VICTORIA – Advanced Education Minister Amrik Virk has offered some advice for students heading for post-secondary education this fall.
In a commentary sent to B.C. newspapers, Virk reminded students that his task “is to ensure post-secondary students obtain the experience and qualifications needed to put a paycheque in their back pocket.”
B.C. is forecast to have one million jobs to fill by 2020, through a combination of retirements and economic growth. More than 40 per cent of them will require trades and technical training, and for students, likely a move north.
“My advice to students is to look at where the jobs are based and tailor their education and training to match,” Virk wrote. “Our population is concentrated in the Lower Mainland and southern Vancouver Island, but as a resource-based economy, many directly and indirectly related jobs are located elsewhere.”
That’s not the only blunt message for students deciding on a career. While defending his ministry’s spending plans in the recent legislature session, Virk described some of the problems that are entrenched.
Parents, particularly in immigrant communities, push their children towards medicine, law, dentistry or engineering, he noted. Students themselves gravitate toward areas that are familiar to them, such as teaching.
B.C. universities graduated 2,000 new teachers last year. Another 850 arrived from out of province and were licensed to teach in B.C. During the same year, the B.C. school system hired 800 teachers. And many of those jobs were outside metropolitan areas.
It’s been hammered into us by the B.C. government’s endless “jobs plan” advertising, and a similar campaign by Ottawa, that more students need to focus on trades and resource industries. Virk acknowledges that his budget contains another $1 million for advertising, the same as last year, much of it to reinforce the need to fill skilled jobs. But he danced around the question of whether there will be spaces in technical programs.
NDP critics say the waiting list for these kinds of programs at Kwantlen University and B.C. Institute of Technology are running between a year and three years. And they have frequently noted that advanced education spending is budgeted to decline by $42 million over the next three years.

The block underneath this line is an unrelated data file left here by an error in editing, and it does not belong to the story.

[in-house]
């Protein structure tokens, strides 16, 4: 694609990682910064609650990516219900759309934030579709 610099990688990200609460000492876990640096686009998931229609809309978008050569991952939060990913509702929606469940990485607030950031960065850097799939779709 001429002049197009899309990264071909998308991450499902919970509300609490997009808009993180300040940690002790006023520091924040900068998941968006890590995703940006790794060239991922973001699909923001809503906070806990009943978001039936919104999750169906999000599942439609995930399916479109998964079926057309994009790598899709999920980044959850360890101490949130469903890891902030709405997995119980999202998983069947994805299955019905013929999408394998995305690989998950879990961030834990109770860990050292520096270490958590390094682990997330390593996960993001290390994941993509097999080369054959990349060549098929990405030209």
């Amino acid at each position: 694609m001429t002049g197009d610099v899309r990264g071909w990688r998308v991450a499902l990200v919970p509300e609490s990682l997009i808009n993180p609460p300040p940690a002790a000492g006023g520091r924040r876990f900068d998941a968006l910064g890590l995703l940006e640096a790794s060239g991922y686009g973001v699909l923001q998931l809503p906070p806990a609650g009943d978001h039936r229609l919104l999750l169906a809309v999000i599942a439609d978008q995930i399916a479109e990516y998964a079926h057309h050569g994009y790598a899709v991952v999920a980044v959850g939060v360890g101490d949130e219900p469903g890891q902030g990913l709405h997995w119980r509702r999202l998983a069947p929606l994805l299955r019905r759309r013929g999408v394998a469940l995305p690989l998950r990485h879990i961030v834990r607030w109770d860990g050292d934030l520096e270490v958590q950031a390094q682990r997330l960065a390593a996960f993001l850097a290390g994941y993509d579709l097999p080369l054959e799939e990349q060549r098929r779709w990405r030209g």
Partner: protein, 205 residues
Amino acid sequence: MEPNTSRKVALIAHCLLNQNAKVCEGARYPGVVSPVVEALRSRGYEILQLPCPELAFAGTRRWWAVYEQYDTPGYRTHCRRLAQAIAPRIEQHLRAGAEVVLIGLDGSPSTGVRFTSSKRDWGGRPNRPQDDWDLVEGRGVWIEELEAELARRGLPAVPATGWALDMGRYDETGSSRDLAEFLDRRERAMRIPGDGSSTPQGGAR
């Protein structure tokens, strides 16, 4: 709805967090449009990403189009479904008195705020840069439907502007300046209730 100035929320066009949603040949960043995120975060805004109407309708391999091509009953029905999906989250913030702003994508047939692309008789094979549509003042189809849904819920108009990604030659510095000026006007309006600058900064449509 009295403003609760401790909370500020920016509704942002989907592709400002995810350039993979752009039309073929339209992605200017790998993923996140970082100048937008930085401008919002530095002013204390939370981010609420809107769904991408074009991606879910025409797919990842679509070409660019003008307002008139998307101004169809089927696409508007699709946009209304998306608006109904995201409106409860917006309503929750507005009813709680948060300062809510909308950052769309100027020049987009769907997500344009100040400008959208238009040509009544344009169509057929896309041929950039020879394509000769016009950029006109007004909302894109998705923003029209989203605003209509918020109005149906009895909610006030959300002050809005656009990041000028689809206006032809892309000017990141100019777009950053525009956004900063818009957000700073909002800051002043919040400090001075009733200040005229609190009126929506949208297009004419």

Virk said post-secondary institutions working with industry have produced 456 additional seats in high-demand programs for this year. It’s a start.
In July, Premier Christy Clark joined the chorus of premiers protesting Ottawa’s plan to claw back $300 million in federal training money to provinces, for its new employer-driven Canada Jobs Grant. Clark and New Brunswick Premier David Alward were assigned to find an alternative to this drastic shift and report back in the fall.
As usual, the NDP spent lots of time grilling Virk about student debt and the alleged need to reduce it. Ministry statistics show that about 30 per cent of students take out loans from the federal-provincial program, and the average is $20,000.
One of the latest changes is a program of grants that go toward student debt as a reward for those who complete their chosen program. With 23,000 students collecting $41 million in grants, it might be working. For all the fuss about student debt, students pay only about a third of costs. The rest is on taxpayers, whether it produces any useful education or not.
Virk is under instructions to review the student loan program “to find further improvements to meet students’ needs.” Given the magnitude of the gap between what skills our education system produces and what the economy needs, a larger shift in priorities is needed.